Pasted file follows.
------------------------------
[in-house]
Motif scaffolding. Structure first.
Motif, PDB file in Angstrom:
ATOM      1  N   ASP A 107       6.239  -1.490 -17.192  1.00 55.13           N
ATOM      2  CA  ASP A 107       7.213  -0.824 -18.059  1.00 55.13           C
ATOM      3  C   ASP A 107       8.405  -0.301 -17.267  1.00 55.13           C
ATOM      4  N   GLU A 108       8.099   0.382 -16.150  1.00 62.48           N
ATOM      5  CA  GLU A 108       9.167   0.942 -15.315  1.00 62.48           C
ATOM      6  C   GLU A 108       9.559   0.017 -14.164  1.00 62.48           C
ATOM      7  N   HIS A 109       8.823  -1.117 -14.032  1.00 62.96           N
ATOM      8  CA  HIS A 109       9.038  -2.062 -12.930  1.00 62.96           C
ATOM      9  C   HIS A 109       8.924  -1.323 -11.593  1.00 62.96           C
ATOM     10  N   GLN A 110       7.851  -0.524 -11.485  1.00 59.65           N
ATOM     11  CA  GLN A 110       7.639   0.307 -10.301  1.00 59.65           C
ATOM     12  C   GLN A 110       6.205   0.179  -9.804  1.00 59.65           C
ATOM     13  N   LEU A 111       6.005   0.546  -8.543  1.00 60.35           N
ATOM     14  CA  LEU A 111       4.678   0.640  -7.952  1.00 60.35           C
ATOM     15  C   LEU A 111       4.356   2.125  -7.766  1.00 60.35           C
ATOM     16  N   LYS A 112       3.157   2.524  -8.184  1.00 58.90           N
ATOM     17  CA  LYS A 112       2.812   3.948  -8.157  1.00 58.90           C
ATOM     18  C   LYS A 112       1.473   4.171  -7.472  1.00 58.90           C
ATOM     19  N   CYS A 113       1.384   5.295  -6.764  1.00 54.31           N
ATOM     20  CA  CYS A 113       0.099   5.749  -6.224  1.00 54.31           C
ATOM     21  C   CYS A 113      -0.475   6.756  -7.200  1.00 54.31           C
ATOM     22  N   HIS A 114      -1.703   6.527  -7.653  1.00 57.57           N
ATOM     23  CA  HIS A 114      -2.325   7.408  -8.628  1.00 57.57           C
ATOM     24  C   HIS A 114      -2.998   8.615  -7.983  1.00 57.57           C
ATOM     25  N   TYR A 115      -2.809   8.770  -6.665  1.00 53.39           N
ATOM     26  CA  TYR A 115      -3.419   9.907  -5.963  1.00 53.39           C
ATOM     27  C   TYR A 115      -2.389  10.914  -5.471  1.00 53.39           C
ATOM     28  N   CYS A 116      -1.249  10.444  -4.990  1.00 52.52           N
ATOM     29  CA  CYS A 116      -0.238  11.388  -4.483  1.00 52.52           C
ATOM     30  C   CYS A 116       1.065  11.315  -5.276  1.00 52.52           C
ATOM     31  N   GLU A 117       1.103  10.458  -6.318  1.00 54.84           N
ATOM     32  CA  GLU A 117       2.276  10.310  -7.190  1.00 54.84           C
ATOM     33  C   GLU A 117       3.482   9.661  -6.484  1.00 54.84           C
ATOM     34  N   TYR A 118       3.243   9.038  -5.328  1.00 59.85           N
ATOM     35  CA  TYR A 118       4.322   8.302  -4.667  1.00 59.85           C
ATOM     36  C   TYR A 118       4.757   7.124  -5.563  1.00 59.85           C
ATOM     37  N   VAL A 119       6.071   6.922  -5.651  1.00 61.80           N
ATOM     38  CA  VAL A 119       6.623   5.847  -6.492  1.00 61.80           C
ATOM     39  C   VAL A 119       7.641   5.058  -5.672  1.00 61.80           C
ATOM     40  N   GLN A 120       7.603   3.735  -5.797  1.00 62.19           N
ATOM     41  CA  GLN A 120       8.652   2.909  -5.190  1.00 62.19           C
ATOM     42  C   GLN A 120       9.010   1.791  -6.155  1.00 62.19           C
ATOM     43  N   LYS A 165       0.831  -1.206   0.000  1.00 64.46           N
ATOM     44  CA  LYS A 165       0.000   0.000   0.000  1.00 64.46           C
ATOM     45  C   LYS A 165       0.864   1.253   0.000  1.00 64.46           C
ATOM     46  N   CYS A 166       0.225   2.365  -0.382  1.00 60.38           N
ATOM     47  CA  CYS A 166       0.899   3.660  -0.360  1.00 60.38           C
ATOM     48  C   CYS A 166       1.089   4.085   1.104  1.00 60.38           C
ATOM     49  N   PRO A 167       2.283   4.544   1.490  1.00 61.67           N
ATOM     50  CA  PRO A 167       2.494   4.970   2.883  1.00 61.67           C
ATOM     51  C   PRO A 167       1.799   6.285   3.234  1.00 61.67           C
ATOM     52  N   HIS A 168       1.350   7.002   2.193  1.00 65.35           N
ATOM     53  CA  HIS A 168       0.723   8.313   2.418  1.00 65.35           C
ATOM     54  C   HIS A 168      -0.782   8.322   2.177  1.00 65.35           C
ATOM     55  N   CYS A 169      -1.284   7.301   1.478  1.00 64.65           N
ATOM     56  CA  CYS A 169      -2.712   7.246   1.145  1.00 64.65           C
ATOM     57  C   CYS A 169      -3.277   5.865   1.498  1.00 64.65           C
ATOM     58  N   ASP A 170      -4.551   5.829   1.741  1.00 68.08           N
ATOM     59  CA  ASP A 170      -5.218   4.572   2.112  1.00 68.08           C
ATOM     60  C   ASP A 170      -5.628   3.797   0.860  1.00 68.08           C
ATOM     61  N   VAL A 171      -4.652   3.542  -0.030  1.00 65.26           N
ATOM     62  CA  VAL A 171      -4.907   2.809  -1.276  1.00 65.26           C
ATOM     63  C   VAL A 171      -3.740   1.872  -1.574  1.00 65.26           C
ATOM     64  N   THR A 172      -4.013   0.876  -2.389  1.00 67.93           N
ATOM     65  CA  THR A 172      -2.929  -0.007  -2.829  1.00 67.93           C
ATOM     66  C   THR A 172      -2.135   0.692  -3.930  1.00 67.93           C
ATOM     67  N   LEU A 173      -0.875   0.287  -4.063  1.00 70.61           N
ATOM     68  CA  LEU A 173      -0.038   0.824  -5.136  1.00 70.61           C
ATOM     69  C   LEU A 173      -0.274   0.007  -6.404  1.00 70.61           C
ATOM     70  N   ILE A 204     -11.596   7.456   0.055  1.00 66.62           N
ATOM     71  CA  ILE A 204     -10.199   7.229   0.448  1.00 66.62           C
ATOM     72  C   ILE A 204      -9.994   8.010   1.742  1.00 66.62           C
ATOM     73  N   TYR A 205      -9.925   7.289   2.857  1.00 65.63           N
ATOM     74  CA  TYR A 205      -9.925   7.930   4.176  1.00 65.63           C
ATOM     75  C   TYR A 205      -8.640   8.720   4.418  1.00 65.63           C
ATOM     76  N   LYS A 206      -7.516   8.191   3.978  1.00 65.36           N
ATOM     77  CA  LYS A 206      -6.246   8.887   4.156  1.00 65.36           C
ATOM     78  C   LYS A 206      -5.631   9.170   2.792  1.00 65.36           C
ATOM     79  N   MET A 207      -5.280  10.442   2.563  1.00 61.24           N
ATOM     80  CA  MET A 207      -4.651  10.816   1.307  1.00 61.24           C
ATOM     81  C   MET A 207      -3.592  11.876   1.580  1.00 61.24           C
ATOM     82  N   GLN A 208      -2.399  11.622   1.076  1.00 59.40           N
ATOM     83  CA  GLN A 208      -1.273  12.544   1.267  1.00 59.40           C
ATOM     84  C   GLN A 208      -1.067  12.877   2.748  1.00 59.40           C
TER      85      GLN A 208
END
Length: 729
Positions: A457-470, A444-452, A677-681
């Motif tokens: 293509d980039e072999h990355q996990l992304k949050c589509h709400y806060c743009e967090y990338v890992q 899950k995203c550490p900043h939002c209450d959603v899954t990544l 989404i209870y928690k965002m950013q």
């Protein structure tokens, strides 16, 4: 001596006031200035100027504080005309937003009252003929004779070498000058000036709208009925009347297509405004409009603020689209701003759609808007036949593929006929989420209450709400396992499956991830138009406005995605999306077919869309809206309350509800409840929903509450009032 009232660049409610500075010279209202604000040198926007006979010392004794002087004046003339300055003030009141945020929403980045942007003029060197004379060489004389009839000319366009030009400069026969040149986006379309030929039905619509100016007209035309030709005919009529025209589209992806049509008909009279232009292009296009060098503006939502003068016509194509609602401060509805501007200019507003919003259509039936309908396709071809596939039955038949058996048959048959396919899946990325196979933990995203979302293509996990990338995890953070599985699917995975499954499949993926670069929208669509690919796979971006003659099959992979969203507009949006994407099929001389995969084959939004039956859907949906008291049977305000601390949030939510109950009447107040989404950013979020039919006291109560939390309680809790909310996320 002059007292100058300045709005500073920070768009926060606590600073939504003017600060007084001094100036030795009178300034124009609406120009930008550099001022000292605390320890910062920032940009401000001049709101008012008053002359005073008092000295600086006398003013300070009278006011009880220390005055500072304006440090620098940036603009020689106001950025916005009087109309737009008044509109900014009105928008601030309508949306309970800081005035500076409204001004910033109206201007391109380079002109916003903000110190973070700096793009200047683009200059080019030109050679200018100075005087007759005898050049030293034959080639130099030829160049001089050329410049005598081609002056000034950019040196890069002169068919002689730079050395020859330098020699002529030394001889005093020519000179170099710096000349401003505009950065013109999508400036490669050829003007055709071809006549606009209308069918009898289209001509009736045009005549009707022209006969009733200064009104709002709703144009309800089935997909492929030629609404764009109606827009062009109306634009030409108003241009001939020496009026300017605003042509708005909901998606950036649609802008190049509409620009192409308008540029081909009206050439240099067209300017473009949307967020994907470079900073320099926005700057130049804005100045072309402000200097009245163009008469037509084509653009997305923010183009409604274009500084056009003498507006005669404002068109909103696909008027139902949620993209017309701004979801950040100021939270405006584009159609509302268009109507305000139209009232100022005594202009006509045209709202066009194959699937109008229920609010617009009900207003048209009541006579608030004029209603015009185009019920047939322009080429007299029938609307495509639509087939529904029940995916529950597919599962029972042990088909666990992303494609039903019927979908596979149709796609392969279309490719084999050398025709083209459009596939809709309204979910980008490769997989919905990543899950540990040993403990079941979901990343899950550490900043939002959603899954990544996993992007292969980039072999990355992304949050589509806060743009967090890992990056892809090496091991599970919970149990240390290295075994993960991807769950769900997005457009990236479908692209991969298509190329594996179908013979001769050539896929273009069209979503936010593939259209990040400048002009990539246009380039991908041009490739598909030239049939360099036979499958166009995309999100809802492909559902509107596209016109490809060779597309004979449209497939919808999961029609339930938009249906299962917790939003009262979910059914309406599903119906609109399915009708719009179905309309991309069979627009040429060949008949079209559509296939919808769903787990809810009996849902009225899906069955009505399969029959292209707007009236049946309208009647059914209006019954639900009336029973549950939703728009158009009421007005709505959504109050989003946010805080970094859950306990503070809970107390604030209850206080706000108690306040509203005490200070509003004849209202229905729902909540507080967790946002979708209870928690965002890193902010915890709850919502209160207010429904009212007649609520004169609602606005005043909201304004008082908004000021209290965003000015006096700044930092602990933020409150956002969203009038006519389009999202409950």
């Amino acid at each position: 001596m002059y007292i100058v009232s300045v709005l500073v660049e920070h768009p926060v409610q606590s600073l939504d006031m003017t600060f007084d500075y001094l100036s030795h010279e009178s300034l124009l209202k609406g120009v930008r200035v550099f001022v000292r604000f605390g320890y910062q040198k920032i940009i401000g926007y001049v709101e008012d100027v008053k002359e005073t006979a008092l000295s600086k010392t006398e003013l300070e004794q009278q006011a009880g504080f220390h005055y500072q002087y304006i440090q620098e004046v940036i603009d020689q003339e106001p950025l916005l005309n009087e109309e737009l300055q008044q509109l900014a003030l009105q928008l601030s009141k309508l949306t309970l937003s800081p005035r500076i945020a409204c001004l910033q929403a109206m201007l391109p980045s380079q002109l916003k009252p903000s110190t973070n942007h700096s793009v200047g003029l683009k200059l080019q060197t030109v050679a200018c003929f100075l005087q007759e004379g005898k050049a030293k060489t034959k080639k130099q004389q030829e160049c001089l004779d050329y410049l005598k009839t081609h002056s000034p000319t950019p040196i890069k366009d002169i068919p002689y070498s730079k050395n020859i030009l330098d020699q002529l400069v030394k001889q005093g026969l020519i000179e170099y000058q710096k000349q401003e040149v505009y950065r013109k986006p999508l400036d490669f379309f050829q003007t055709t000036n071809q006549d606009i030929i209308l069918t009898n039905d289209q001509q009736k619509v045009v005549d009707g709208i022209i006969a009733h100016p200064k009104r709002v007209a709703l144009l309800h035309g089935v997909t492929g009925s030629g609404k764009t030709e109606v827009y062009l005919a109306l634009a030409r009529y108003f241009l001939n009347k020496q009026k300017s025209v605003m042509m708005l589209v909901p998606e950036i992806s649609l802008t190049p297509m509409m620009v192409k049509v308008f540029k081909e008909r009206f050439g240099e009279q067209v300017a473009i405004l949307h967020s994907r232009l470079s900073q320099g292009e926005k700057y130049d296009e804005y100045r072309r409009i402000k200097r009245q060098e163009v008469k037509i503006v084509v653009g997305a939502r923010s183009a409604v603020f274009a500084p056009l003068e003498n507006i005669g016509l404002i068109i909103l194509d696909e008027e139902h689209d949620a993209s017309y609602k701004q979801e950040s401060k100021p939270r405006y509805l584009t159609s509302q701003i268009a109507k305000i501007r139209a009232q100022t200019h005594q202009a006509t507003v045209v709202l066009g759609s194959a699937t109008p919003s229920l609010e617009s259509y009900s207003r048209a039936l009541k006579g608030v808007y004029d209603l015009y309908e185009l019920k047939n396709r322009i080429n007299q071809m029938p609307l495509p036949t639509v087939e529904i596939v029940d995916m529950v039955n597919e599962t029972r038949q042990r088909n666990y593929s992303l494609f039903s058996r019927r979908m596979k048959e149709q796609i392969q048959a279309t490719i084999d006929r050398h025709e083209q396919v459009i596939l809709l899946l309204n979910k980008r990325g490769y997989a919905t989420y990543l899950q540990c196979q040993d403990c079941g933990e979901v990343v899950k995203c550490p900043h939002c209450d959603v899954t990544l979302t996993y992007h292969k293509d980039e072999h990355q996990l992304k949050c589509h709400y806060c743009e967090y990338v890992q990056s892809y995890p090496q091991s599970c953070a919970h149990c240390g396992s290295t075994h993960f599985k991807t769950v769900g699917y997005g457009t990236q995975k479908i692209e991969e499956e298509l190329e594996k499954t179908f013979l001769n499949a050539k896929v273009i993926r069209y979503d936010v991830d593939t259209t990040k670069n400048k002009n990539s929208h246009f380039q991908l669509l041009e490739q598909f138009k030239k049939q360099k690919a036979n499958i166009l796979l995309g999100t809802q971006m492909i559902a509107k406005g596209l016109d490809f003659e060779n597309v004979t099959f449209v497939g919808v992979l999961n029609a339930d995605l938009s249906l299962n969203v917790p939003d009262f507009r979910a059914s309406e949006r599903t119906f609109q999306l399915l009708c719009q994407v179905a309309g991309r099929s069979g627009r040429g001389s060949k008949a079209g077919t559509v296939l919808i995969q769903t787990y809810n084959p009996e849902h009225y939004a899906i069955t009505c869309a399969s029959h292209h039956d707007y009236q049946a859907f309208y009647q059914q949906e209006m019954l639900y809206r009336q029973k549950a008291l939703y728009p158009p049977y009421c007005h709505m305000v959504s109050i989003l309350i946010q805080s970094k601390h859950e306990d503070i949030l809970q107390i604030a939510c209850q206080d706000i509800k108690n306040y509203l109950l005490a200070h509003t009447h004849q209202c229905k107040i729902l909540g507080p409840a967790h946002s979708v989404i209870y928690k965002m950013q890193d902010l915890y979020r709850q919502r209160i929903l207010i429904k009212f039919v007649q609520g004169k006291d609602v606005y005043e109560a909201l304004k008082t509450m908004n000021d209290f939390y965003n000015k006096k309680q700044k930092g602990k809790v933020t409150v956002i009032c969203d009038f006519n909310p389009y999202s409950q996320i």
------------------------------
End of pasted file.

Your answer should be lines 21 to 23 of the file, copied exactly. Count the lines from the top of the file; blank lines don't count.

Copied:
ATOM     18  C   LYS A 112       1.473   4.171  -7.472  1.00 58.90           C
ATOM     19  N   CYS A 113       1.384   5.295  -6.764  1.00 54.31           N
ATOM     20  CA  CYS A 113       0.099   5.749  -6.224  1.00 54.31           C